As a marketer, I questioned the effectiveness of the ALS Association’s Ice Bucket Challenge in 2014. Sure it raised heaps of money, but did the participants understand why they were pouring iced water over their heads? Would it have had a lasting brand impact?
As a human, I saw bullying and extreme coercion during the campaign. Bucket, ice, money or look like a bad person. As the campaign went viral people were being harassed several (many?) times. I wasn’t a fan. Sure it was for a great cause, but could they use a less nasty method?
For the second point, probably. But it raised more than $100 million – and most participants chose the ice bucket over donating cash. Some of those funds contributed to research by the University of Massachusetts Medical School which identified a third gene that is a cause for the disease. Which is a massive breakthrough. I may not have liked the methods, but the outcome was groundbreaking.
What is ALS?
ALS is one of the scariest, most devastating diseases in existence. Its full name is amyotrophic lateral sclerosis or Lou Gehrig’s Disease. In people with ALS, motor neurons deteriorate leading to muscle weakness and paralysis. So that’s all medical, but it means that people’s muscles waste away quickly and they can’t move for themselves. They need someone for just the basics, like feeding them with a spoon. Imagine having to have someone wipe you after going to the bathroom. That’s probably for me what appears the most humiliating. Not to mention the inability to go for a walk, or brush away a mosquito. After two to five years, the person’s muscles have wasted away so much they can’t breathe and die. That’s a really short time. Stephen Hawking has a very rare form of ALS, but his life is the exception.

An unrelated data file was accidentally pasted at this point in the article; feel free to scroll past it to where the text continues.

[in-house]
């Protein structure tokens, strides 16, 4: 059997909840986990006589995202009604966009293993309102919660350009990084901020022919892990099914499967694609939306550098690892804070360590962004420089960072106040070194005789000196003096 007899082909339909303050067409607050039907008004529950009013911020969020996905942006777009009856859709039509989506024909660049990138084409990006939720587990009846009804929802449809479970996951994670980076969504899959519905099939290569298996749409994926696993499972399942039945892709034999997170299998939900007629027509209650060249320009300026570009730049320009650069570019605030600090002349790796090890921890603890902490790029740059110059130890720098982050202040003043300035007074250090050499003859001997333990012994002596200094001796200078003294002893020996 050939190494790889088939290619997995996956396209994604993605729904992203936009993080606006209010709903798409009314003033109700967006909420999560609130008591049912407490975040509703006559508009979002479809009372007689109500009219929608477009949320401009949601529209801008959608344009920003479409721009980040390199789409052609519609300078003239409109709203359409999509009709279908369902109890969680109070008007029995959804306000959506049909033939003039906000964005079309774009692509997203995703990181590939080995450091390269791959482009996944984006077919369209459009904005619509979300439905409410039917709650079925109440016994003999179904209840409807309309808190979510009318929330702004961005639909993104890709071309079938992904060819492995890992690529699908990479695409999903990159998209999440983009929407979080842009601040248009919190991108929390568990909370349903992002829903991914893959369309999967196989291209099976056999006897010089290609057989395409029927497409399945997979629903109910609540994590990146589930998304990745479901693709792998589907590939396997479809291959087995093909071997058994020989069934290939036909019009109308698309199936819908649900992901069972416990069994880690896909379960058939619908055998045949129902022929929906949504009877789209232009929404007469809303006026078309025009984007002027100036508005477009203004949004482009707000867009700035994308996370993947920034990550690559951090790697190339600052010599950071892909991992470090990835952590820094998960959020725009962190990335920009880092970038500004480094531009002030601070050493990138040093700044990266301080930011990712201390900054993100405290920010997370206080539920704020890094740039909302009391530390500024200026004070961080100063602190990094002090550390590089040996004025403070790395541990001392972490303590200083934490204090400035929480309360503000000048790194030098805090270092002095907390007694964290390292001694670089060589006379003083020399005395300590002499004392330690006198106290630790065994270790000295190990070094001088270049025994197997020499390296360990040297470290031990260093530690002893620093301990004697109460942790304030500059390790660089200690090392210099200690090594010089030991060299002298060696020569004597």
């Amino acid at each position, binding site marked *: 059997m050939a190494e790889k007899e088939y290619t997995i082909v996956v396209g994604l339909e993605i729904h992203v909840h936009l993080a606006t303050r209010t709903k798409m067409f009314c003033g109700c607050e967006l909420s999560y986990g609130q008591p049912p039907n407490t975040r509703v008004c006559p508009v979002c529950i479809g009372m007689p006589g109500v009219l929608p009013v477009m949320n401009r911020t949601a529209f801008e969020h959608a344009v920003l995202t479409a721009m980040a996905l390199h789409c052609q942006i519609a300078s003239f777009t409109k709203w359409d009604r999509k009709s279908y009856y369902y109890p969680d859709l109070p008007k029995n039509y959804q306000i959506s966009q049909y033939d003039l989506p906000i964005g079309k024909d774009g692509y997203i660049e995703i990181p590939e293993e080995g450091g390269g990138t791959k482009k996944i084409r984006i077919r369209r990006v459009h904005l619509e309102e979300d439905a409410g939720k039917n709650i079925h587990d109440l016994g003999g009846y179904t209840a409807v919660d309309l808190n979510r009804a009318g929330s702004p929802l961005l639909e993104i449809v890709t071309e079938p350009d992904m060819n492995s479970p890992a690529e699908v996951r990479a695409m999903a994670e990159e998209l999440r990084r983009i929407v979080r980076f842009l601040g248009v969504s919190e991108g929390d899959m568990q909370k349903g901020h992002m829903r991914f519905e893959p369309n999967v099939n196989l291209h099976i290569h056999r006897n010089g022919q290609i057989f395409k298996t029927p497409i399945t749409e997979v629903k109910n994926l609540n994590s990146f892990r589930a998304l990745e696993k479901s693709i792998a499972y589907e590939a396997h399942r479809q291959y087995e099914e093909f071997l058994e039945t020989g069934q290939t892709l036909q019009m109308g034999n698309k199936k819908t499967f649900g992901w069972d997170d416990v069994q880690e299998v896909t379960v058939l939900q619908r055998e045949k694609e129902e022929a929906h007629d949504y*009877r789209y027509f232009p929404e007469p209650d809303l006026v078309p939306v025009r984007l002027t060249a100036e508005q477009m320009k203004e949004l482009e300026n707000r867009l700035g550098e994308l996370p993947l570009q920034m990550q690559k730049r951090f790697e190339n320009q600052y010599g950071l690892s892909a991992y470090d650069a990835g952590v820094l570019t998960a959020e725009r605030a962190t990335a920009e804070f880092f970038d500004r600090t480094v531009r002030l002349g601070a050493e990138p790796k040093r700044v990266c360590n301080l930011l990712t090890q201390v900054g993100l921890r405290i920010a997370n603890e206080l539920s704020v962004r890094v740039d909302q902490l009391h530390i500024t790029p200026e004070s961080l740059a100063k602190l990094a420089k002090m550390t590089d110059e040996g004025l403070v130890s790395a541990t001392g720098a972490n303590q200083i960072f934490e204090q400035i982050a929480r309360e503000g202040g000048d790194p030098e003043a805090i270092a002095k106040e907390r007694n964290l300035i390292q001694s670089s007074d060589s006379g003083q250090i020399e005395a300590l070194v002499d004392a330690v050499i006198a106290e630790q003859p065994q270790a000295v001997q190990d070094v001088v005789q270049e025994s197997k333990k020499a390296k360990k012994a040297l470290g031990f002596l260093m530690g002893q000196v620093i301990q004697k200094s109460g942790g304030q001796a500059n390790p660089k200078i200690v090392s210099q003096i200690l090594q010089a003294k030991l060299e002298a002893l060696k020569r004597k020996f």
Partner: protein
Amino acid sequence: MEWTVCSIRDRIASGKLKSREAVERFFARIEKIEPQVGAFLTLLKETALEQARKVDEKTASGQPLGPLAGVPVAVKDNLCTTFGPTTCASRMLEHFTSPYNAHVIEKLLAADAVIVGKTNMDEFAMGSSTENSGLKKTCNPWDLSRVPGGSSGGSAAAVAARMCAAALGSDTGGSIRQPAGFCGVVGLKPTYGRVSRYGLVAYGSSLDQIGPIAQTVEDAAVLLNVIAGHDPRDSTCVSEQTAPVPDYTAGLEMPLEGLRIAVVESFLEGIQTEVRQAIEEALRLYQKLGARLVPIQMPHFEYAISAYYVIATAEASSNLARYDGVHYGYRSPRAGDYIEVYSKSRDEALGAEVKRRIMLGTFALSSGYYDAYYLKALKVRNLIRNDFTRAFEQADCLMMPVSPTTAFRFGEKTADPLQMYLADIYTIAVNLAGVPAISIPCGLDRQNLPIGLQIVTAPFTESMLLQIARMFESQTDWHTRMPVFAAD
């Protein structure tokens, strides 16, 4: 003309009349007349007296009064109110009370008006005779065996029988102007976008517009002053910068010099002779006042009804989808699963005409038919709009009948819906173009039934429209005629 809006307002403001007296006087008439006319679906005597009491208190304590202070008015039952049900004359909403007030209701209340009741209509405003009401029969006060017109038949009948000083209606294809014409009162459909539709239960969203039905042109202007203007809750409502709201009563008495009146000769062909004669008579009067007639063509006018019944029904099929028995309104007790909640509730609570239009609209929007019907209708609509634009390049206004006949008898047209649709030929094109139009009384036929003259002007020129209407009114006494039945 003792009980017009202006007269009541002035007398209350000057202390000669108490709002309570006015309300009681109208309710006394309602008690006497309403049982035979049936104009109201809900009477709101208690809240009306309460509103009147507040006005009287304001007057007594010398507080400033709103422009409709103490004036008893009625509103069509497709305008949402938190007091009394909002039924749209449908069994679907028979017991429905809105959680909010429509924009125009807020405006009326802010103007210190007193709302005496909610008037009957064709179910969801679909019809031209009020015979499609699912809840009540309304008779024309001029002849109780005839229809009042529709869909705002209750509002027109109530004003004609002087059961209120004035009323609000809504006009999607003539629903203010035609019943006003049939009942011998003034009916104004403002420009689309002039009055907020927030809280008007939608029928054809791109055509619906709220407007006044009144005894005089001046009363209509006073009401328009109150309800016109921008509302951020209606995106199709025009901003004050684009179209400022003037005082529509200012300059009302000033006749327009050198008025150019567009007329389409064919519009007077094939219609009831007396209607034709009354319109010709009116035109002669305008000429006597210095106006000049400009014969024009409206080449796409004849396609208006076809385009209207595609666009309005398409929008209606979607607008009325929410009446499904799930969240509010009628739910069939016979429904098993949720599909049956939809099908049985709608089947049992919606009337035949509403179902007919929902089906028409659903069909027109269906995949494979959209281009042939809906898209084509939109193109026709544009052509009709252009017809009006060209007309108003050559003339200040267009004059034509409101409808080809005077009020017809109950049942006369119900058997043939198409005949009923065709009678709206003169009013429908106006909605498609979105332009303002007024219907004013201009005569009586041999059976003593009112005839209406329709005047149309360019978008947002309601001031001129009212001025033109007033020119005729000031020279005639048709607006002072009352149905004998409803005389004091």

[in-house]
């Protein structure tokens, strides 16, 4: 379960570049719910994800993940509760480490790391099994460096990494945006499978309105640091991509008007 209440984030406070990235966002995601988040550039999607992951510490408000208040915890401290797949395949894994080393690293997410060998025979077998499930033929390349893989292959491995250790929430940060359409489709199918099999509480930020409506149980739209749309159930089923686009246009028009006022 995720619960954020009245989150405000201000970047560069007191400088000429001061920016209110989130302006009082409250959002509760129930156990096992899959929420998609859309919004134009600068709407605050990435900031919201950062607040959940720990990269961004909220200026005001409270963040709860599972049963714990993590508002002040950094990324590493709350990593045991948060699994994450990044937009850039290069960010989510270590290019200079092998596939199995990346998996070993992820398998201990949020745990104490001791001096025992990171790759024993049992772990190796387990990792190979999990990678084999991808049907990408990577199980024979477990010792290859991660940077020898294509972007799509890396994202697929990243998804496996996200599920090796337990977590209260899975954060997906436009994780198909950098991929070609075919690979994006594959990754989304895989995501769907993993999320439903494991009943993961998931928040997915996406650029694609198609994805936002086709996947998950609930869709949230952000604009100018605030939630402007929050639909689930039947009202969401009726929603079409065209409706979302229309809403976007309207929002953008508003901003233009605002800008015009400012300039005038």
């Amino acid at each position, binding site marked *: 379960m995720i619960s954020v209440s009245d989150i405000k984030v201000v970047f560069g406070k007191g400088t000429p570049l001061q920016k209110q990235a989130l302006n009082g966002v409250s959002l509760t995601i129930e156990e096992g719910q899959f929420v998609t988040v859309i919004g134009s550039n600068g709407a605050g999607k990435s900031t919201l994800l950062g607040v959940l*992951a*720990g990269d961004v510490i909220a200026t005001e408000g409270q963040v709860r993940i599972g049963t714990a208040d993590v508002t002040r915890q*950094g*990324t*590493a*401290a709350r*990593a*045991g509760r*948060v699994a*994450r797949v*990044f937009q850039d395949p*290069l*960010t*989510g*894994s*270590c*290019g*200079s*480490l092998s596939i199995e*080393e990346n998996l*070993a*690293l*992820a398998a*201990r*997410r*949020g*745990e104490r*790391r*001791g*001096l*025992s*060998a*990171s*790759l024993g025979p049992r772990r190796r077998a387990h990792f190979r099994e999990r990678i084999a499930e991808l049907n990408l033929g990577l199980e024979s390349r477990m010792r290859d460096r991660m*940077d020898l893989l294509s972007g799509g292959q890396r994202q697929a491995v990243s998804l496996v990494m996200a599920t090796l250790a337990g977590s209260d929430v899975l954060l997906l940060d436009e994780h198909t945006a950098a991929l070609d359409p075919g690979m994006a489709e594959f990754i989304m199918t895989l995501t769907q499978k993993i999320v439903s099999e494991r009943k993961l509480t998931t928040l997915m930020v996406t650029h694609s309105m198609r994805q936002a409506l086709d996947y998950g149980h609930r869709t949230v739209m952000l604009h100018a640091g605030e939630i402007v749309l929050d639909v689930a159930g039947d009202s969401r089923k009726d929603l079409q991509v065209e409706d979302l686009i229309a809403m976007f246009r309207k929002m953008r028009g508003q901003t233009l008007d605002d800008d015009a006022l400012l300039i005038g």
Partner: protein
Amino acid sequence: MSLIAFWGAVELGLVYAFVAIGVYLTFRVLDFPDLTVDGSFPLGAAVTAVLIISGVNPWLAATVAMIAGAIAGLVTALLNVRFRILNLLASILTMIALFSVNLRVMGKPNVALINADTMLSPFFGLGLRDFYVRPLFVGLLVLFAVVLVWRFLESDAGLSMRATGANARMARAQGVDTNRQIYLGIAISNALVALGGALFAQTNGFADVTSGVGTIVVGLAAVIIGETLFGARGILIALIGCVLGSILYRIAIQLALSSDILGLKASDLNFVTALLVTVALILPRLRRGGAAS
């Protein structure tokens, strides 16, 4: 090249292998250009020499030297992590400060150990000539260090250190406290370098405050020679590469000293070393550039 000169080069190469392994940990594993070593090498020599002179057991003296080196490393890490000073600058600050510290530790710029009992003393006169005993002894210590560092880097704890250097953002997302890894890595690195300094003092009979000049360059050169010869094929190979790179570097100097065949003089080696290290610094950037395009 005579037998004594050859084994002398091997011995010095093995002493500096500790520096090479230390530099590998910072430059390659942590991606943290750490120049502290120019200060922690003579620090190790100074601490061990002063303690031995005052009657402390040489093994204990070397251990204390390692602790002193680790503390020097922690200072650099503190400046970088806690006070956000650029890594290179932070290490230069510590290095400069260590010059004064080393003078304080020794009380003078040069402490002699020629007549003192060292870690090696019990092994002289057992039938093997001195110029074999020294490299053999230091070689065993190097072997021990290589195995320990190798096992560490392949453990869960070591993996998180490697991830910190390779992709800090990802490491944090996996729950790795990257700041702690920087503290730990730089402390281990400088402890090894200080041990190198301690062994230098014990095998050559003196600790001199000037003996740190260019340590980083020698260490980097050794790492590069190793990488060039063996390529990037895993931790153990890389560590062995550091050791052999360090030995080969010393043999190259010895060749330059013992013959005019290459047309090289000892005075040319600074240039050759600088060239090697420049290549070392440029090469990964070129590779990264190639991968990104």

There is currently no treatment or cure for ALS. There’s a drug called Rilutek, but it only extends life by a few months.
But it’s not all doom and gloom. We have some hope. The ALS Therapy Development Institute (which partnered with the ALS Association on subsequent ice bucket challenges) is developing the AT-1501 treatment, which is looking promising. It blocks specific immune cell activation and protects nerves against the progression of ALS and Alzheimer’s Disease. I don’t fully understand the science (thanks to Kathleen for helping with “translations” for me), but the ALS Therapy Development Institute has put it all here. I also liked that the treatment can also potentially help those with Alzheimer’s Disease. I was in a car accident a few weeks ago and was hit by a man who said he has dementia. I love that this might help people like him too.
What’s Stopping AT-1501?
Literally money. ALS is not an incurable disease. It is an underfunded one. The therapy was successfully tested with mice, and now just needs the funding for testing on people. This is big. The AT-1501 treatment could be an end to ALS.
#WhatWouldYouGive to #EndALS
I’m giving my time and blog space to help end ALS. What will you give? The ALS Therapy Development Institute is currently running the #WhatWouldYouGive campaign to fund the AT-1501 clinical trials. Bloggers, like me, have joined to raise $50,000 towards the goal and a generous donor has offered to match up to $25,000. This will go along way to helping find the clinical trials and finding an end to ALS.
Please donate as you can. I won’t publicly humiliate or guilt you. And no buckets of icy water required. It’s only gratitude.
If you’re a freelancer, like me, and cash isn’t as easy to donate, please consider donating some social media love. Below is an easy pre-written Tweet to share, or please visit @ALSTherapyDevelopmentInstitute on Facebook, @ALSTDI on Twitter, and @ALSTDI on Instagram. The hashtags are #WhatWouldYouGive and #EndALS. Everything helps.#WhatWouldYouGive to #EndALS? Here's how you can help @ALSTDI https://ooh.li/4094efcClick To Tweet
Do you want to read more posts like this? Subscribe with email and have them delivered to you.
Proofread with Grammarly (affiliate ad)